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Disocactus ackermannii (Red Orchid Cactus)

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Scientific Name

Disocactus ackermannii (Haw.) Ralf Bauer

Common Names

Red Orchid Cactus, Orchid Cactus, Strap Cactus

Synonyms

Epiphyllum ackermannii (basionym), Nopalxochia ackermannii

Scientific Classification

Family: Cactaceae
Subfamily: Cactoideae
Tribe: Hylocereeae
Genus: Disocactus

Description

Disocactus ackermannii is an attractive epiphytic cactus with with green or reddish stems. The stems consist of a short rounded base, up to 7 inches (17.5 cm) long, followed by longer flattened, leaf-like portions, up to 30 inches (75 cm) long and up to 3 inches (7.5 cm) wide, with wavy edges. The plant branches from the base and arches downwards, being altogether up to 3.3 feet (1 m) long. The scarlet flowers are with greenish throats, funnel-shaped and up to 5.6 inches (14 cm) long. In cultivation, it has been confused with Disocactus x hybridus.

Photo via kammlott.net

Hardiness

USDA hardiness zones 10a to 11b: from 30 °F (−1.1 °C) to 50 °F (+10 °C).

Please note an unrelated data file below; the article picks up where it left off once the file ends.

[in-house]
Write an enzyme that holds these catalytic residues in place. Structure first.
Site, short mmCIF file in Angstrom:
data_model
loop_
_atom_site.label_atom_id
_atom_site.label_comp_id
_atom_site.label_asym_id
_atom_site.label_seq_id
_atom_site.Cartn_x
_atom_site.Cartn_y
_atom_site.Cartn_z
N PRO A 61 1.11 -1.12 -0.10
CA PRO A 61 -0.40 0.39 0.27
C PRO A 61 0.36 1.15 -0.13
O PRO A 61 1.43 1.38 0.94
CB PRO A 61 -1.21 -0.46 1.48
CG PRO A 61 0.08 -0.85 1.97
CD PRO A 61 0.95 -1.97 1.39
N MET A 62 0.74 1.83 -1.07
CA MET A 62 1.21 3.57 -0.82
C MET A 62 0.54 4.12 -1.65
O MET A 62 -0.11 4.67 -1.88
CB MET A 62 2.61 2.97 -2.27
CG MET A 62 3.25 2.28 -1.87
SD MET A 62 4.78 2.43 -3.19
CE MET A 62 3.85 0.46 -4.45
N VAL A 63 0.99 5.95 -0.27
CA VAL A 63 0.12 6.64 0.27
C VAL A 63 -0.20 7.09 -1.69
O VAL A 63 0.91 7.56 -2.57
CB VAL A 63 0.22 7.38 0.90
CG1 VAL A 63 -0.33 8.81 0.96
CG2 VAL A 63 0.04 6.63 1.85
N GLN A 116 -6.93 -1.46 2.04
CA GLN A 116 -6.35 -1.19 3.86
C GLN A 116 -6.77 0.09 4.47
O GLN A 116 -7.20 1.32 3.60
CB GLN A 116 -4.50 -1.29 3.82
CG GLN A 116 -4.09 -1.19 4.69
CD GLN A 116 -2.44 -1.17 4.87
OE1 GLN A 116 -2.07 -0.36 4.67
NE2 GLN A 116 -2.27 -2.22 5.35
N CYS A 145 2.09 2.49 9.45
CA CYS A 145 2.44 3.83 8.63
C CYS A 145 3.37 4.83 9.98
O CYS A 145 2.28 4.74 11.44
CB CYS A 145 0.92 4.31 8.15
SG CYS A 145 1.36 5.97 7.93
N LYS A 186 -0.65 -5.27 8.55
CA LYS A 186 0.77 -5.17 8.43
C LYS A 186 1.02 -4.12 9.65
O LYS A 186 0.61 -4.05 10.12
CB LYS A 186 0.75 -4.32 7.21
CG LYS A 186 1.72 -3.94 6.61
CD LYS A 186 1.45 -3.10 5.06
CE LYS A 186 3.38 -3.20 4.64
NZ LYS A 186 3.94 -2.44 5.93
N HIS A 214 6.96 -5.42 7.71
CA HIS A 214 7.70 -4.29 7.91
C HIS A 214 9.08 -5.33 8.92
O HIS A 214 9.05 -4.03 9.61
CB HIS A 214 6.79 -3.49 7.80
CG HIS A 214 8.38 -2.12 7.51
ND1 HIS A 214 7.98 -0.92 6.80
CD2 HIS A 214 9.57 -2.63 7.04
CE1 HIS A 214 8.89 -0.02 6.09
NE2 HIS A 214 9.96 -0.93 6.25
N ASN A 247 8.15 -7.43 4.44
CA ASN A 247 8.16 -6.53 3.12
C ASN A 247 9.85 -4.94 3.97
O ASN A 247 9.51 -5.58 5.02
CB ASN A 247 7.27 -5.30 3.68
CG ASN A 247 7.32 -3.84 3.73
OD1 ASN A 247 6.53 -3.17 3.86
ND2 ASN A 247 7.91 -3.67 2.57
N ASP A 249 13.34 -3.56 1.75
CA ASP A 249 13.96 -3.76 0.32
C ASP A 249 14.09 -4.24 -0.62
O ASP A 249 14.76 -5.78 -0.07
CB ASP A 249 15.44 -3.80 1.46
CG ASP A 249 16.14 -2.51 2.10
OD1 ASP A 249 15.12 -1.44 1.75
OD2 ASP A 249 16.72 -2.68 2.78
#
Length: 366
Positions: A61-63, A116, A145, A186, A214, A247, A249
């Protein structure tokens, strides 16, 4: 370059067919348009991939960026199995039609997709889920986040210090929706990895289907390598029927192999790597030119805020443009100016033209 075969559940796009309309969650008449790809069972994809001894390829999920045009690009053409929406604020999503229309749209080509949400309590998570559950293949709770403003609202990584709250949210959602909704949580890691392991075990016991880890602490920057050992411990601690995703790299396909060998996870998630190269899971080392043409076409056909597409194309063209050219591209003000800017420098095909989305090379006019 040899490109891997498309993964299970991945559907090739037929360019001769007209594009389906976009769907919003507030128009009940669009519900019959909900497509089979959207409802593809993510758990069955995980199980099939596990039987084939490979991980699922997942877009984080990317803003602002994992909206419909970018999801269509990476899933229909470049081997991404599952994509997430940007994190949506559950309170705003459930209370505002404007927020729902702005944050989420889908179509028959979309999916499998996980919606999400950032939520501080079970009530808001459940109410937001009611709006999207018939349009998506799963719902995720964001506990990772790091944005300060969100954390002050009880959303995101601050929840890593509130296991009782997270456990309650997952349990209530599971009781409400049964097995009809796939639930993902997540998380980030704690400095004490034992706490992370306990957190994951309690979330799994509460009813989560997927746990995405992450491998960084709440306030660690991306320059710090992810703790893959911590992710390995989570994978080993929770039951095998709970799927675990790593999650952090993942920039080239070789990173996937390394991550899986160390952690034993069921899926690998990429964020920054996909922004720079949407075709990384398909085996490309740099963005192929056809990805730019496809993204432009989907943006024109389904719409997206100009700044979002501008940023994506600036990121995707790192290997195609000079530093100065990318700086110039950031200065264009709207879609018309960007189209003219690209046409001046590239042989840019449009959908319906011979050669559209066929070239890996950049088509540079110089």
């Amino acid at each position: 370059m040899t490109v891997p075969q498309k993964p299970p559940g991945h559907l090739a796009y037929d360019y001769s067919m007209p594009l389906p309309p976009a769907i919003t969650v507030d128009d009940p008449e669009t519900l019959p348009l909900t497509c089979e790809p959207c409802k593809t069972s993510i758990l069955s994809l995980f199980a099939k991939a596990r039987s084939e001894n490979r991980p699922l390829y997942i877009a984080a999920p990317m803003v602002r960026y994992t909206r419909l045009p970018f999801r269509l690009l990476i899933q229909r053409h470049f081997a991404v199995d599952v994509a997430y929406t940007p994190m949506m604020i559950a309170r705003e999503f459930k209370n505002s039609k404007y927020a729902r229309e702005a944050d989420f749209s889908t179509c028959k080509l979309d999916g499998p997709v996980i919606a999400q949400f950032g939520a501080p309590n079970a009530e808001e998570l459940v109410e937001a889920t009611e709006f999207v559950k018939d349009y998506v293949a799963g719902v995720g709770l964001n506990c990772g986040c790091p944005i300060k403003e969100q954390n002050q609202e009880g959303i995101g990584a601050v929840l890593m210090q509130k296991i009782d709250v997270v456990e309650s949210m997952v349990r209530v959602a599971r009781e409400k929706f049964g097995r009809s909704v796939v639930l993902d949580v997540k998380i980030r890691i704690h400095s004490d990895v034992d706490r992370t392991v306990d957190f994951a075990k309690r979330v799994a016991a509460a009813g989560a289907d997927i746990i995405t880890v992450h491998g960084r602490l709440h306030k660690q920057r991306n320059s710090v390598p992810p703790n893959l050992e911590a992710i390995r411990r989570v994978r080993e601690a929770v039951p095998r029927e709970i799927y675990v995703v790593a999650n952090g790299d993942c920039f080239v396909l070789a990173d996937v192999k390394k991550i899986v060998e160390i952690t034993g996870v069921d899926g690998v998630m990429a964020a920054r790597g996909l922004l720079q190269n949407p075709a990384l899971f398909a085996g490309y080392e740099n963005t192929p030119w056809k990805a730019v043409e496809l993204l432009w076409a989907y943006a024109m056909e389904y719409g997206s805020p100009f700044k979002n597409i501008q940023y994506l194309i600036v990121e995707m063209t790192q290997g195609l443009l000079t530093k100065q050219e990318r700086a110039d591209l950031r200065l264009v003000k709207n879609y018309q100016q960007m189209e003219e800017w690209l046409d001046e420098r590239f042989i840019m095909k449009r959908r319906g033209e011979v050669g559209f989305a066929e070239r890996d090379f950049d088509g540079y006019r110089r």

How to Grow and Care

Many of the cultivated plants known as Epiphyllum hybrids are derived from crosses between species of Disocactus (rather than Epiphyllum) and other genera in the Hylocereeae.

Disocactus should be grown in a rich but still well draining soil. They should be watered regularly and fertilized as well. This is essential for good growth and flowering. During the growing period the plants need frequent watering. The waterings should be rather abundant, so that the soil becomes completely soaked, but let dry between watering. Keep relatively dry in winter or when night temperatures remain below 50 °F (10 °C).

These cacti dislike extreme heat and cold, so they are best green-housed during the depth of winter and heat of summer in hot dry climates. They also prefer shade to sun and like a little extra humidity in the air.

Disocactus can be reproduced both by seeds and cuttings.

Learn more at How to Grow and Care for Disocactus.

Origin

Disocactus ackermannii is native to the tropical forests in the states of Veracruz and Oaxaca in Mexico.

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